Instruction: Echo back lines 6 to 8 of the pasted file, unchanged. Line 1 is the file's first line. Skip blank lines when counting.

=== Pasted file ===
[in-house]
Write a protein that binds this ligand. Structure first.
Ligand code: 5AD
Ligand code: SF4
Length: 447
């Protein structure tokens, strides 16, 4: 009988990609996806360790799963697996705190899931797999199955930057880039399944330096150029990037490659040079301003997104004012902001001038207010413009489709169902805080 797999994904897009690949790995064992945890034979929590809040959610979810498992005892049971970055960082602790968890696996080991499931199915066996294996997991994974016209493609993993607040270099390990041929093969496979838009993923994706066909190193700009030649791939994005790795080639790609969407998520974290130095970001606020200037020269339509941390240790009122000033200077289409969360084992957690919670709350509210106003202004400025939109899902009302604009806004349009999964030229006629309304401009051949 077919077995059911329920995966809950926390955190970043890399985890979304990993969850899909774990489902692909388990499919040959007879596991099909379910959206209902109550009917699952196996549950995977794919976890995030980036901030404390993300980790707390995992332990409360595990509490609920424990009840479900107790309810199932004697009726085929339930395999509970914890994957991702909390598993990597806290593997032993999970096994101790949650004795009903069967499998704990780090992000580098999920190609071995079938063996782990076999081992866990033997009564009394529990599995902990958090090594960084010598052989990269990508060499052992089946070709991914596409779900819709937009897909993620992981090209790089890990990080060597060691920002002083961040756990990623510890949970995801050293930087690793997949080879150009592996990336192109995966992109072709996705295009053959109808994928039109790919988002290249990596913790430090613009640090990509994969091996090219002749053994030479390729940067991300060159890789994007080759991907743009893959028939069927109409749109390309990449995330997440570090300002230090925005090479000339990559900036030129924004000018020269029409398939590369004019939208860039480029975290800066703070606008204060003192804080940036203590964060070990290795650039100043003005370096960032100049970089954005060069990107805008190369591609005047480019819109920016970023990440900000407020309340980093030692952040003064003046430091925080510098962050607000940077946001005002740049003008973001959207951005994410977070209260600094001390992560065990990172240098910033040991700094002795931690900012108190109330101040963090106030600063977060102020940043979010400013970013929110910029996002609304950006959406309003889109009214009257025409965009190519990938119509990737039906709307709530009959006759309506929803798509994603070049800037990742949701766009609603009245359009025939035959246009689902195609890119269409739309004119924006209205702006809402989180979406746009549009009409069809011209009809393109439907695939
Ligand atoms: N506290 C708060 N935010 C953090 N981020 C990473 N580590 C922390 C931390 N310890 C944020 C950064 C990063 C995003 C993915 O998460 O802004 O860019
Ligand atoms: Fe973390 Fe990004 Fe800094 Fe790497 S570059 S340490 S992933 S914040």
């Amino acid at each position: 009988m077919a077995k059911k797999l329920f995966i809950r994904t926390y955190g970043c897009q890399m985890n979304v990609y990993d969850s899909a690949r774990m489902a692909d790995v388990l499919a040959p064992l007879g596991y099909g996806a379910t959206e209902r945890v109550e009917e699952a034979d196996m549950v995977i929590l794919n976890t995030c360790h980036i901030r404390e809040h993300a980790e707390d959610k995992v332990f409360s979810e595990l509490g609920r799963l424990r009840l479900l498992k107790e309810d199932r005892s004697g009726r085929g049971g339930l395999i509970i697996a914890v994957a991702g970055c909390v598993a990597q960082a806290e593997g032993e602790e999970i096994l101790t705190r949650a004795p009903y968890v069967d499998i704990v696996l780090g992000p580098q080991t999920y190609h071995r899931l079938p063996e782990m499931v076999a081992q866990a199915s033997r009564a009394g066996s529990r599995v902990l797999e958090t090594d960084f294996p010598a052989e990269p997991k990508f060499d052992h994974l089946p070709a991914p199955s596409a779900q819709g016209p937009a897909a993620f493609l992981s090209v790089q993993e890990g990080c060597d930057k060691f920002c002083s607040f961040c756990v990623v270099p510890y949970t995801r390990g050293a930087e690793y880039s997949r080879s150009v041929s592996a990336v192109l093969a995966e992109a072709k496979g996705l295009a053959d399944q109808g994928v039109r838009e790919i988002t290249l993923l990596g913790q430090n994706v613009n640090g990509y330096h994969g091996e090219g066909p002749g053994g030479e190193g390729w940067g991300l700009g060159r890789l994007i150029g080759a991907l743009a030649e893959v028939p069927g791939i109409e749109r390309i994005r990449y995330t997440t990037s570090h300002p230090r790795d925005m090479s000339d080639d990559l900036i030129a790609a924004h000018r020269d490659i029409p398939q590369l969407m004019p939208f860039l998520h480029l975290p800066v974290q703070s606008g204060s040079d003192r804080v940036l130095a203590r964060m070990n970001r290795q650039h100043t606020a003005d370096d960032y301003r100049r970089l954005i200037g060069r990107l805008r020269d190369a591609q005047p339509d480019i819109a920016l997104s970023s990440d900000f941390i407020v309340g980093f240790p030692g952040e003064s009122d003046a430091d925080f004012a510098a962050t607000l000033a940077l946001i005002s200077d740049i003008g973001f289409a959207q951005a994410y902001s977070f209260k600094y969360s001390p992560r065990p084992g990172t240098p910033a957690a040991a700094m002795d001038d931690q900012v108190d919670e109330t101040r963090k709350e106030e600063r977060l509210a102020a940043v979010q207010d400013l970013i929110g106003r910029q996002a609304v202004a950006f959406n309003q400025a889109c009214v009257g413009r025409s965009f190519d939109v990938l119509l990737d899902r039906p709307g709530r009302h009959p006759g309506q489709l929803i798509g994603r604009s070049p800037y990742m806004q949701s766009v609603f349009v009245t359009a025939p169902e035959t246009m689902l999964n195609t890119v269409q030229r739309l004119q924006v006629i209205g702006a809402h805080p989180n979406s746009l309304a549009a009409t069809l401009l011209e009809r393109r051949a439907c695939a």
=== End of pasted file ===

């Protein structure tokens, strides 16, 4: 009988990609996806360790799963697996705190899931797999199955930057880039399944330096150029990037490659040079301003997104004012902001001038207010413009489709169902805080 797999994904897009690949790995064992945890034979929590809040959610979810498992005892049971970055960082602790968890696996080991499931199915066996294996997991994974016209493609993993607040270099390990041929093969496979838009993923994706066909190193700009030649791939994005790795080639790609969407998520974290130095970001606020200037020269339509941390240790009122000033200077289409969360084992957690919670709350509210106003202004400025939109899902009302604009806004349009999964030229006629309304401009051949 077919077995059911329920995966809950926390955190970043890399985890979304990993969850899909774990489902692909388990499919040959007879596991099909379910959206209902109550009917699952196996549950995977794919976890995030980036901030404390993300980790707390995992332990409360595990509490609920424990009840479900107790309810199932004697009726085929339930395999509970914890994957991702909390598993990597806290593997032993999970096994101790949650004795009903069967499998704990780090992000580098999920190609071995079938063996782990076999081992866990033997009564009394529990599995902990958090090594960084010598052989990269990508060499052992089946070709991914596409779900819709937009897909993620992981090209790089890990990080060597060691920002002083961040756990990623510890949970995801050293930087690793997949080879150009592996990336192109995966992109072709996705295009053959109808994928039109790919988002290249990596913790430090613009640090990509994969091996090219002749053994030479390729940067991300060159890789994007080759991907743009893959028939069927109409749109390309990449995330997440570090300002230090925005090479000339990559900036030129924004000018020269029409398939590369004019939208860039480029975290800066703070606008204060003192804080940036203590964060070990290795650039100043003005370096960032100049970089954005060069990107805008190369591609005047480019819109920016970023990440900000407020309340980093030692952040003064003046430091925080510098962050607000940077946001005002740049003008973001959207951005994410977070209260600094001390992560065990990172240098910033040991700094002795931690900012108190109330101040963090106030600063977060102020940043979010400013970013929110910029996002609304950006959406309003889109009214009257025409965009190519990938119509990737039906709307709530009959006759309506929803798509994603070049800037990742949701766009609603009245359009025939035959246009689902195609890119269409739309004119924006209205702006809402989180979406746009549009009409069809011209009809393109439907695939
Ligand atoms: N506290 C708060 N935010 C953090 N981020 C990473 N580590 C922390 C931390 N310890 C944020 C950064 C990063 C995003 C993915 O998460 O802004 O860019
Ligand atoms: Fe973390 Fe990004 Fe800094 Fe790497 S570059 S340490 S992933 S914040």